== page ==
Accessible Design for the Blind
Accessible Design for the Blind is committed to making travel safer for pedestrians with disabilities through research, consultation, education and advocacy.
Accessible Design for the Blind is a woman-owned business that was started in 1992 by Billie Louise (Beezy) Bentzen. The business was incorporated in 2004 as Barlow Design, Inc. doing business as Accessible Design for the Blind; Janet M. Barlow is now President and Dr. Bentzen continues as Director of Research. Both Dr. Bentzen and Ms. Barlow are Certified Orientation and Mobility Specialists with a long history of teaching safe travel techniques to pedestrians who are blind or who have low vision, many of whom also have cognitive, mobility or hearing impairments. Building on this direct service background, they have participated in an extensive research program designed to make the built environment more accessible to pedestrians with disabilities.
The principals of ADB authored Accessible Pedestrian Signals: A Guide to Best Practices and Detectable Warnings: Synthesis of U.S and International Practice and numerous articles and papers on accessibility issues. . They have been involved with standards development as members of the Signals Technical Committee of the National Committee on Uniform Traffic Control Devices, the American National Standards Institute Committee A117 on Accessible and Usable Buildings and Facilities, the Public Rights-of-Way Access Advisory Committee of the U.S. Access Board, and The International Organization For Standards (ISO) Technical Committee on Assistive Products for Persons with Disability.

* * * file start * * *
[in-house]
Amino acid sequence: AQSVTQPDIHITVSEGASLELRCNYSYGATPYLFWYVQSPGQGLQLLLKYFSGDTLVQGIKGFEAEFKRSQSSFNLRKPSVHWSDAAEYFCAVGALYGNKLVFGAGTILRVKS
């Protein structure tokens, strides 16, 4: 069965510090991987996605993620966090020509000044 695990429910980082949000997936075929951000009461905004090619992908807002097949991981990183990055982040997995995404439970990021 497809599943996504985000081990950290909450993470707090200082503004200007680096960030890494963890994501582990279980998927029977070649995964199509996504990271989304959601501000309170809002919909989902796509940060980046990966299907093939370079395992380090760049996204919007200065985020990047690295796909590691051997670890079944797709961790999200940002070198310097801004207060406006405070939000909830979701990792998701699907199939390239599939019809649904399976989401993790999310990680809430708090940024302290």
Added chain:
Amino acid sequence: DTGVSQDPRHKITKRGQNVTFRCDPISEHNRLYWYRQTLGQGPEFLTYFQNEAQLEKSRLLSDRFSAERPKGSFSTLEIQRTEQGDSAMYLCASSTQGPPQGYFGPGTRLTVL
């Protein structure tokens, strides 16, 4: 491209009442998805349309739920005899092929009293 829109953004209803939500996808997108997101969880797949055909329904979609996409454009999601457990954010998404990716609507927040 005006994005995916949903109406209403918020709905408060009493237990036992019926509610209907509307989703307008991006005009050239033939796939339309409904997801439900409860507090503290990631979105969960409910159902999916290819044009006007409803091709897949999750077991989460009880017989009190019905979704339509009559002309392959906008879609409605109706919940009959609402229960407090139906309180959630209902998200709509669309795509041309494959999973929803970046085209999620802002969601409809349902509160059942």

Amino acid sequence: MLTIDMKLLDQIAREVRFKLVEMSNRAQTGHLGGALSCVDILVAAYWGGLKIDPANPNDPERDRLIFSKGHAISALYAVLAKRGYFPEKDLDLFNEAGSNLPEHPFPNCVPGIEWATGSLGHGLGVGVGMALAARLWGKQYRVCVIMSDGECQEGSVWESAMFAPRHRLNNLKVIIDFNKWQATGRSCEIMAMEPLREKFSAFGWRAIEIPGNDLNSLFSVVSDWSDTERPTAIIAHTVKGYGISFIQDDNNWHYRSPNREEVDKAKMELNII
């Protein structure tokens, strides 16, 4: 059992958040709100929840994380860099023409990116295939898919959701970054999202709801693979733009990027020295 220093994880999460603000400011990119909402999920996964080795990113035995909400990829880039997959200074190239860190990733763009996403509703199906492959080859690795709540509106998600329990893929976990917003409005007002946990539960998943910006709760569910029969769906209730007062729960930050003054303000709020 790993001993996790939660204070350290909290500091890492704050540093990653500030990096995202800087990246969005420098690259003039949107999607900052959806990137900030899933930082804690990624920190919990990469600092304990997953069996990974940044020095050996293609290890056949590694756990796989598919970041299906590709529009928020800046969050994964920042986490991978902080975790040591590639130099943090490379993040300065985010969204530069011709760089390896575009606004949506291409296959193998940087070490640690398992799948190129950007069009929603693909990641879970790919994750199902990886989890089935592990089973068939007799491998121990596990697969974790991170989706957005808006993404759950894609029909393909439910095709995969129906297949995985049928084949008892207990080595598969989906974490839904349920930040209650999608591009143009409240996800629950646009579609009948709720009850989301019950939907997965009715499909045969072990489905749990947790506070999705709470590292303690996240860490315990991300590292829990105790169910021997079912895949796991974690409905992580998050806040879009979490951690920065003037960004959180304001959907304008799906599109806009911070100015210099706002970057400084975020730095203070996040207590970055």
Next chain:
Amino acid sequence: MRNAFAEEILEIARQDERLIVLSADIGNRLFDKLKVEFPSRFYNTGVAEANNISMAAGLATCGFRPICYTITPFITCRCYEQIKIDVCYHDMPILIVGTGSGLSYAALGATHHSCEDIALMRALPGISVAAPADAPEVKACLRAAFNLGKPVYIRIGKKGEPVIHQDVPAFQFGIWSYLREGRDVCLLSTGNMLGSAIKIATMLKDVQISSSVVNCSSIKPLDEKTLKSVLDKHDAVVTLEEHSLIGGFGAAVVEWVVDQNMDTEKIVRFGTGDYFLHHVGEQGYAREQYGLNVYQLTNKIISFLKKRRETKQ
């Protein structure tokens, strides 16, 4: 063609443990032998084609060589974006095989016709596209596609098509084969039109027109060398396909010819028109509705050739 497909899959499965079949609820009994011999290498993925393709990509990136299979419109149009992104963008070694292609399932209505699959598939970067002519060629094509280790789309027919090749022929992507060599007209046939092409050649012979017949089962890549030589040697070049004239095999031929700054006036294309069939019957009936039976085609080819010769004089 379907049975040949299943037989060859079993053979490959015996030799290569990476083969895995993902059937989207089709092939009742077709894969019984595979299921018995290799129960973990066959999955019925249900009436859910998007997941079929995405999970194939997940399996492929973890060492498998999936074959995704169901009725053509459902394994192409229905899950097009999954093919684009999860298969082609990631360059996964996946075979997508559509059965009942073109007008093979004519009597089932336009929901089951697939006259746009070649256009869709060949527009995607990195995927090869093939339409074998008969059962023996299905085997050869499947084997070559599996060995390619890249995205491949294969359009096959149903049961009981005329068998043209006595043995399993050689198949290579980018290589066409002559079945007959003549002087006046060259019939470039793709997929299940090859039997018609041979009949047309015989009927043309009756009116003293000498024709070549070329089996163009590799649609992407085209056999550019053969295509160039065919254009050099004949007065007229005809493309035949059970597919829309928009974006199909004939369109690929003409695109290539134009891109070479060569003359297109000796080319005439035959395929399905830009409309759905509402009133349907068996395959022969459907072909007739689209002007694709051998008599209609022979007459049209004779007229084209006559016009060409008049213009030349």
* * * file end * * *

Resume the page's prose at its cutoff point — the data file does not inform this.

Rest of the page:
Dr. Bentzen and Ms. Barlow regularly present sessions and seminars on access issues for pedestrians who are blind or who have low vision at conferences of the Transportation Research Board, the Institute of Transportation Engineers, the Association for Education and Rehabilitation of the Blind and Visually Impaired, the American Council of the Blind, and other organizations, and have written extensively on the topic. Each has over twenty-five years of committed experience in teaching, training, presentation, writing, and researching safe travel for pedestrians with disabilities.
Current projects involve research on crossing treatments at roundabouts, research and development of guidelines and instructional materials on the use and installation of accessible pedestrian signals, and research on wayfinding surfaces, techniques, and technologies. These projects are conducted with the support of the National Institutes of Health/National Eye Institute, the National Cooperative Highway Research Program, the U.S. Access Board, and the National Institute for Disability and Rehabilitation Research.